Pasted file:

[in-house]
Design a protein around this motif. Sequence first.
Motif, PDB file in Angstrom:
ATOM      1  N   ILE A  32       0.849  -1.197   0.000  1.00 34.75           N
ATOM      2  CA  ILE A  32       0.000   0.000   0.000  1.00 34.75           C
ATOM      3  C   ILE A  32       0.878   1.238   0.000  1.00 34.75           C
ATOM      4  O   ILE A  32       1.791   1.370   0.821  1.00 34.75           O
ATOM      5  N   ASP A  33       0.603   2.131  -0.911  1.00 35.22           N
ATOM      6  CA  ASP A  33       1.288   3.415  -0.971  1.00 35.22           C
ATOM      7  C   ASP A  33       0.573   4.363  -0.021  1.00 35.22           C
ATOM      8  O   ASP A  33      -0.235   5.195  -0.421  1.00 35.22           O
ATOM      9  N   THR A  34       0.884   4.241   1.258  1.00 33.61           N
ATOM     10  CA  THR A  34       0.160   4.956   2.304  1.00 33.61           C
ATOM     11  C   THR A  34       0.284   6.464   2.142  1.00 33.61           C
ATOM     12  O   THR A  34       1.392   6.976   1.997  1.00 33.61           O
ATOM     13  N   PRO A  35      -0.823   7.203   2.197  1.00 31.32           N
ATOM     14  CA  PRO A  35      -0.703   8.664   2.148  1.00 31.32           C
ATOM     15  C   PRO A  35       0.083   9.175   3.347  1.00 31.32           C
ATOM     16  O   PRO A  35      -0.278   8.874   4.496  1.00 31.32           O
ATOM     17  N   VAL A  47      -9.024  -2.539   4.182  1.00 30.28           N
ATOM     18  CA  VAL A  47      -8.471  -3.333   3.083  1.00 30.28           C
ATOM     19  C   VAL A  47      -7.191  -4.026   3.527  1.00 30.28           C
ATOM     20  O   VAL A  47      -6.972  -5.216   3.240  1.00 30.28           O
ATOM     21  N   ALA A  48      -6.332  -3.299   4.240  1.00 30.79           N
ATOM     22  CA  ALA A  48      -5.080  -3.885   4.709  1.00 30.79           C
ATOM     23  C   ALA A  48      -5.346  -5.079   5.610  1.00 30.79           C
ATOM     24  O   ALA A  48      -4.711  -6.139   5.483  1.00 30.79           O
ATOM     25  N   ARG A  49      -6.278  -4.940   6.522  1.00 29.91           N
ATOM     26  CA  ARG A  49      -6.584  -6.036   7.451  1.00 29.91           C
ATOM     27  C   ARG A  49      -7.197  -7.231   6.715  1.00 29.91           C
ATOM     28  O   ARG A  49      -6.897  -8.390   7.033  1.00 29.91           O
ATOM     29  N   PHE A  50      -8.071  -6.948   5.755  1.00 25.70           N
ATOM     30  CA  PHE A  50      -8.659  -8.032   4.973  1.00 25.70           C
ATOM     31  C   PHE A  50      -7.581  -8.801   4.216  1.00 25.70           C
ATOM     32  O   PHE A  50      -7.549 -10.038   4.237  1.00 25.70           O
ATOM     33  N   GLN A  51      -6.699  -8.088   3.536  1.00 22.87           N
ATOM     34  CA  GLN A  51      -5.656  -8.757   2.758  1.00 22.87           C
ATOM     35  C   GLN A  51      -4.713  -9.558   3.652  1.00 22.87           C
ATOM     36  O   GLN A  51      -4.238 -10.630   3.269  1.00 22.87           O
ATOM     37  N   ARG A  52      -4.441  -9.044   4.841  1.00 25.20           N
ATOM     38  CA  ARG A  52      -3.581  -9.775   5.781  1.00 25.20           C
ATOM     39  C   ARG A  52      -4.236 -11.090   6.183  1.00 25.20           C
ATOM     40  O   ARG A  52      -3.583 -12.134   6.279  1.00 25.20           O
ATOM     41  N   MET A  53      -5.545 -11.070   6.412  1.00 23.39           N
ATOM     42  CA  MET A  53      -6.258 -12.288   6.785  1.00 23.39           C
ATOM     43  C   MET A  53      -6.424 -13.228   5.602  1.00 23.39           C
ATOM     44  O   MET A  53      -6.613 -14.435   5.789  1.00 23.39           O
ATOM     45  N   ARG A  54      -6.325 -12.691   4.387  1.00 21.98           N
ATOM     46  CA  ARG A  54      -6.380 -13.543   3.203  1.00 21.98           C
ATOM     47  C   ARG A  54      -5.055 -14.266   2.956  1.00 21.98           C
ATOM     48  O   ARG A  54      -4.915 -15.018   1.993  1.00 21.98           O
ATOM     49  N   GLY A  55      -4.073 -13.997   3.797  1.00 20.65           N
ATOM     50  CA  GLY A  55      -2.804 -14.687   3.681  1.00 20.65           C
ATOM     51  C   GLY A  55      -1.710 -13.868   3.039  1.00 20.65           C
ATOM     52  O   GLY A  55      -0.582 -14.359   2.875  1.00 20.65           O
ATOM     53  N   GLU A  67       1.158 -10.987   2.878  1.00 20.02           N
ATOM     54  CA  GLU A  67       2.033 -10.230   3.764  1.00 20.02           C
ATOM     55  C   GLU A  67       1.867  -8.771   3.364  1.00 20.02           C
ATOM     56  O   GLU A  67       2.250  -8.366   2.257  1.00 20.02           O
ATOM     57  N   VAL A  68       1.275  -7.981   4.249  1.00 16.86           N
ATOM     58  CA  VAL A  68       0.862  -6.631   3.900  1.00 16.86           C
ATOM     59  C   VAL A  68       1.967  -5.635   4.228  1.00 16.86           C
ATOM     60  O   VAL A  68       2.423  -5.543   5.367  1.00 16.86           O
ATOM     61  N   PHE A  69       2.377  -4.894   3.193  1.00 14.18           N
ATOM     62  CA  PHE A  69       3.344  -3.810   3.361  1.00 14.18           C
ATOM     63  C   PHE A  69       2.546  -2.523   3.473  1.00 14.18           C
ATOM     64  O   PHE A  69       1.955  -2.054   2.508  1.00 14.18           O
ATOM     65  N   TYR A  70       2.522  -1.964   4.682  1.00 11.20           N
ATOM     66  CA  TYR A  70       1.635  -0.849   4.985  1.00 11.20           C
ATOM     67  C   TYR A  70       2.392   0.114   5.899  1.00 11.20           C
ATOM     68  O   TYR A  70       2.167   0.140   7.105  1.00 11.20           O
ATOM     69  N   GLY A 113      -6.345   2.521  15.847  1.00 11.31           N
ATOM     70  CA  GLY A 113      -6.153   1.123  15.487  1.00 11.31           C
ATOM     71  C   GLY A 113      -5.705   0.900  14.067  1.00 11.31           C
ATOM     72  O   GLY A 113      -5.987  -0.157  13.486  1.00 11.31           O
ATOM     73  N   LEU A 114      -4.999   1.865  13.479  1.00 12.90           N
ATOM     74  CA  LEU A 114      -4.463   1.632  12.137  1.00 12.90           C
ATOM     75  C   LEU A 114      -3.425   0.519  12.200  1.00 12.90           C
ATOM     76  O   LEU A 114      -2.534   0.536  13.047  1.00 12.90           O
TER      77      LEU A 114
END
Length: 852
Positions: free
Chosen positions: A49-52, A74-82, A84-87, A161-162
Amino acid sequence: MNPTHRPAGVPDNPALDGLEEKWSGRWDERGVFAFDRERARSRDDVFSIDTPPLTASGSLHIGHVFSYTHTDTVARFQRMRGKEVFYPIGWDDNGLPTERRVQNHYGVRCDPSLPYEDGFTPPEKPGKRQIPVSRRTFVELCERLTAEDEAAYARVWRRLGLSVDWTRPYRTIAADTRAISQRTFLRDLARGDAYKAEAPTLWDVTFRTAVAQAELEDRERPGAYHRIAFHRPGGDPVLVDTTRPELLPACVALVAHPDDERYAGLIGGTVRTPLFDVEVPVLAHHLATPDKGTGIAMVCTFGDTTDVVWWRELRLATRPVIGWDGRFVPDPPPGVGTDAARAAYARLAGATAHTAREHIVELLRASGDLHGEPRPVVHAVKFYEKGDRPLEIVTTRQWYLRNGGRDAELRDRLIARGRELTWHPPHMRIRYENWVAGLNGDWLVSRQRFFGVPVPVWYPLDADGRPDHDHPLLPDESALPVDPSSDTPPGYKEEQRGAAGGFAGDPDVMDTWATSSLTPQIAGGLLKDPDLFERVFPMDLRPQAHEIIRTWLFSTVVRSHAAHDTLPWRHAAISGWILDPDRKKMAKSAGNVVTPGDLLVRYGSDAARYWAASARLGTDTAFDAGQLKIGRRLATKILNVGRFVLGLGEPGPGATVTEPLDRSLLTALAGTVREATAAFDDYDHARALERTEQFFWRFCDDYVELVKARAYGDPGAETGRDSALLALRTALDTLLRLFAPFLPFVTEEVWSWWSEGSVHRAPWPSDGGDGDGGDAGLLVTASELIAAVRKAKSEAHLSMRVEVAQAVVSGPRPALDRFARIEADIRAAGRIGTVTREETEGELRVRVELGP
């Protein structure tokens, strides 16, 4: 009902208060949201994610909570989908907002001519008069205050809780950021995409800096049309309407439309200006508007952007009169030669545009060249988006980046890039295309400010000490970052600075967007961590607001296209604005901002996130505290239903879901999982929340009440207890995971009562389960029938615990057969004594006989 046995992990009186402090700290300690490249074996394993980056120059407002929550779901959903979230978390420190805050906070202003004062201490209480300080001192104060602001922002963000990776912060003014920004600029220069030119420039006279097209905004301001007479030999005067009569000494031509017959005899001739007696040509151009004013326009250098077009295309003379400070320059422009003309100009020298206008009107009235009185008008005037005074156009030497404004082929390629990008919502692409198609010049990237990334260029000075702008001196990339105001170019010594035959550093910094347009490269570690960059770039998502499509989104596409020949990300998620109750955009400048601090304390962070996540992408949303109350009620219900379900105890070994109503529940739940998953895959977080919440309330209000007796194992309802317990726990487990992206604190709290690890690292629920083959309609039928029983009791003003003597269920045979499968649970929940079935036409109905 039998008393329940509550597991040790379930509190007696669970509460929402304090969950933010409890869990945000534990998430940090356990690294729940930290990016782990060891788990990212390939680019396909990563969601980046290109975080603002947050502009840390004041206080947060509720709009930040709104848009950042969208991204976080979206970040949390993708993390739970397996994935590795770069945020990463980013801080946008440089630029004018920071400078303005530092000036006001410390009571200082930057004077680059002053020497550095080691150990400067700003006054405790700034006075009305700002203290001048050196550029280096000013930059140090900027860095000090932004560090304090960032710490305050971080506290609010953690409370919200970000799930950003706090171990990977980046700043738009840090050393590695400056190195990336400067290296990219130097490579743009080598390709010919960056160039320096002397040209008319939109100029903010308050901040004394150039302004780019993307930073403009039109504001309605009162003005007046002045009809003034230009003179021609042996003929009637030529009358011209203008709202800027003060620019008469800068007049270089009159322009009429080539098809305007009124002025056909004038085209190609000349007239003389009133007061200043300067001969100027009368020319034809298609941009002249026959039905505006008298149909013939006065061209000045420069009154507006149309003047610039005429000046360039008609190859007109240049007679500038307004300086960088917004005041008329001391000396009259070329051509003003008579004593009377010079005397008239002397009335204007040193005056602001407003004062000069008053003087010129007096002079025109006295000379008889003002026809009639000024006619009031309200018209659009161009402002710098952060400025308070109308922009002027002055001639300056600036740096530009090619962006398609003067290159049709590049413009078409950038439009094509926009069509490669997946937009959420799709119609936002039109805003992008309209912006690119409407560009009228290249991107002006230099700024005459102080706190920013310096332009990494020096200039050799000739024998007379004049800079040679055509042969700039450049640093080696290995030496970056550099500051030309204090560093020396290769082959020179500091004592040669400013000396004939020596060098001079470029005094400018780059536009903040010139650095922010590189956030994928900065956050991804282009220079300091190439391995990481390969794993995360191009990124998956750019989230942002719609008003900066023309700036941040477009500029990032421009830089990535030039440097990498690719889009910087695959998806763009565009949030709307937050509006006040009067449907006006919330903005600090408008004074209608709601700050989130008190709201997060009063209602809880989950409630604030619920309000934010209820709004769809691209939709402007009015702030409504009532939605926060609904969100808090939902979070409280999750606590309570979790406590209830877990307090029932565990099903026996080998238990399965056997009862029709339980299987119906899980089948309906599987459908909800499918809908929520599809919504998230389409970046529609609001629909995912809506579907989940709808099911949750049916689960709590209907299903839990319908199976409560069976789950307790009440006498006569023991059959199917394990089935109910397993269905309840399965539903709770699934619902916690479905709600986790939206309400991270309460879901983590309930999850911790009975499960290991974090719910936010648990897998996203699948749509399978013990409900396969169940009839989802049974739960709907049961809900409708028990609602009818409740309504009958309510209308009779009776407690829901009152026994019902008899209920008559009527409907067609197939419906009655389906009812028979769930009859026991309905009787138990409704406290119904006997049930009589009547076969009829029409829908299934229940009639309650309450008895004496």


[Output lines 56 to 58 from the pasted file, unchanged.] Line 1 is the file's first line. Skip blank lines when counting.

ATOM     53  N   GLU A  67       1.158 -10.987   2.878  1.00 20.02           N
ATOM     54  CA  GLU A  67       2.033 -10.230   3.764  1.00 20.02           C
ATOM     55  C   GLU A  67       1.867  -8.771   3.364  1.00 20.02           C